Candidate spoke on student leadership, pathways and campus carry.
By Austin P. Taylor
During an open forum set up as part of the interview process for the dean of student success position, Dr. Renee Thurston Moore was asked to weigh in on the current campus carry law.
“I recognize the right of citizens to bear arms. It’s a little frightening to me to know that sometimes an 18-year-old, an intoxicated 18-year-old whose frontal lobe isn’t fully developed, has a weapon,” she said.
The Texas Department of Public Safety requires that applicants for a concealed carry license be at least 21 years of age.
Moore stood before assembled faculty Nov. 9 in the visual arts center. The forum was open to the public, however, no students were in attendance. The audience was made up of fewer than 20 faculty members.
Moore is a veteran of the University of the Incarnate Word. She received her doctorate in organizational leadership from UIW.
Moore has worked at UIW for 21 years. She’s currently the associate dean of judicial affairs at UIW. Before holding that position, Moore was dean of campus life.
Moore graduated from the College of William & Mary in Williamsburg, Va., and attended Howard University in Washington, D.C., for her Master of Education with a focus on student development.
“Community college is where I got my start … my first education job was in Killeen at Central Texas College,” Moore said, adding her supervisor at Central Texas College convinced her to go back to school and earn her master’s degree.
Moore cited her previous experiences working at community colleges as the reason she decided to apply for the dean of student success position here.
Multimedia Professor Bruce Davis Moore asked Moore to give her opinion on Alamo Pathways and Alamo Institutes.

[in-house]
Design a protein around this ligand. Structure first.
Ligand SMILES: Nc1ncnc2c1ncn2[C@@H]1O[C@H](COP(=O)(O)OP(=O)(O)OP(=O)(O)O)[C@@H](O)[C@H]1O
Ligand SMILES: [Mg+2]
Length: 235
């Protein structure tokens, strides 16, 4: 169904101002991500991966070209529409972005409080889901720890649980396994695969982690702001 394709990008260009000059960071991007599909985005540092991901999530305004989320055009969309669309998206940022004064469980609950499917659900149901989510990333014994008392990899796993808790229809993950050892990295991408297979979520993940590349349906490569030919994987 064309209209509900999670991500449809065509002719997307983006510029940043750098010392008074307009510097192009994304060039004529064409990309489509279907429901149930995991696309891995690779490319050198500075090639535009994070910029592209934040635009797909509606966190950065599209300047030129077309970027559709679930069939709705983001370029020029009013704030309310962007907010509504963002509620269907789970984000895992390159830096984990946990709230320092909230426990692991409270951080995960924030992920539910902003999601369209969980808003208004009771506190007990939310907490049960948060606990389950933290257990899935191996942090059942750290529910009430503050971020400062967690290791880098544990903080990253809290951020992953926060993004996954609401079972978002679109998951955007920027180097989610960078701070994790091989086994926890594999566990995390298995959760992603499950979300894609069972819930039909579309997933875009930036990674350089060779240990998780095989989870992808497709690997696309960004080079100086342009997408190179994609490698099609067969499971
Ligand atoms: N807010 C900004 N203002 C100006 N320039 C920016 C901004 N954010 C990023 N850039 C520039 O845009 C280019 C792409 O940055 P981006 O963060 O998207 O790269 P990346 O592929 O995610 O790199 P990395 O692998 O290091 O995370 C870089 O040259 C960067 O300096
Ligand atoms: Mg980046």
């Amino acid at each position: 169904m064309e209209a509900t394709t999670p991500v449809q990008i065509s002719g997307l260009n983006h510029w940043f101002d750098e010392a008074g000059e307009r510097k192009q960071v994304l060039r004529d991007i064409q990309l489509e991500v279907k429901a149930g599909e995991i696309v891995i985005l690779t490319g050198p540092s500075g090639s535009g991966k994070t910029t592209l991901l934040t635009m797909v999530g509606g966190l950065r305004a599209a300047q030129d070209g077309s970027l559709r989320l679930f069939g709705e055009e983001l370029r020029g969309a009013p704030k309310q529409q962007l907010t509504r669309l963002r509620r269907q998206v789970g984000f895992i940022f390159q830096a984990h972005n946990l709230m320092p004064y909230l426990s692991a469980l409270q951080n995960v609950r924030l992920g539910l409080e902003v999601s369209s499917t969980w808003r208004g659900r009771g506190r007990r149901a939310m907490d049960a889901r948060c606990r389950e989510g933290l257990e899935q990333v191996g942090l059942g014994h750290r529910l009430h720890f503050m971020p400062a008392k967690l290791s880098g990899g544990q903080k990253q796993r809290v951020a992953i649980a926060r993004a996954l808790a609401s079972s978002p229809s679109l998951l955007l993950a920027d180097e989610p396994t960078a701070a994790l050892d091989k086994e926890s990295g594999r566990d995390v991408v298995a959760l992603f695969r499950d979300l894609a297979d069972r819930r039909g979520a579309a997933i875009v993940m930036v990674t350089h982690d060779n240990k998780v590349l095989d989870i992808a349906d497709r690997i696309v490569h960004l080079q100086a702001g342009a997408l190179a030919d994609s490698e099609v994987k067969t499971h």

Upon receiving some background information on the Alamo Institute and Alamo Pathways initiatives, Moore said she has not worked in a position that allowed her to experience such initiatives, at least not directly.
“I’m not on the ‘academic side’ of the house; however, there’s a real thin line there,” Moore said. “I do work with faculty sometimes on projects.”
Moore said many of those involved would travel abroad and take field trips to the state legislature.
Moore said, while her experience was tangential, the ability to collaborate with her peers would help reach her goals as dean of student success.
Faculty Senate President Julie Engel asked Moore about her experience with Council for the Advancement of Standards in Higher Education standards, a guideline for creating standards in student affairs, development and services.
“Sometimes I consider them a stretch goal. Not because goals are so lofty, but because resources are short,” Moore said. “It shouldn’t be the stretch goal. It should be what’s baseline.”
Moore believes this college needs to focus on living up to the CAS standards.
Moore then spoke on her experience in setting up programs related to student activities.
She developed a leadership program for students she wanted to install as a required, one-semester course. Moore said she was never able to grow the program the way she initially intended because the district wasn’t in favor of the program.
So instead of creating a course, Moore and her team set up an extracurricular club. As student involvement grew, the club turned into a credited course.
Dee Dixon, coordinator of the MESA center, asked Moore to weigh in on the issues facing students today.
Moore mentioned obtaining the proper resources to help students manage mental health issues, manage their children and navigate Title IX.
Moore said she believes the solution is to examine the demographics of the campus and focus on what the student population needs.
Moore was the first in a series of forums with candidates for the dean of student success position. The other candidate was Dr. Tiffany Cox Hernandez, chair of the public policy and service department.
A third candidate, Annette Hackbarth-Onson, withdrew from the pool of candidates. No reason was given.
This is the third attempt at hiring a dean of student success. Two previous searches ended without hiring.
The executive team of this college hopes to present a final candidate to the board of trustees at the Dec. 12 meeting.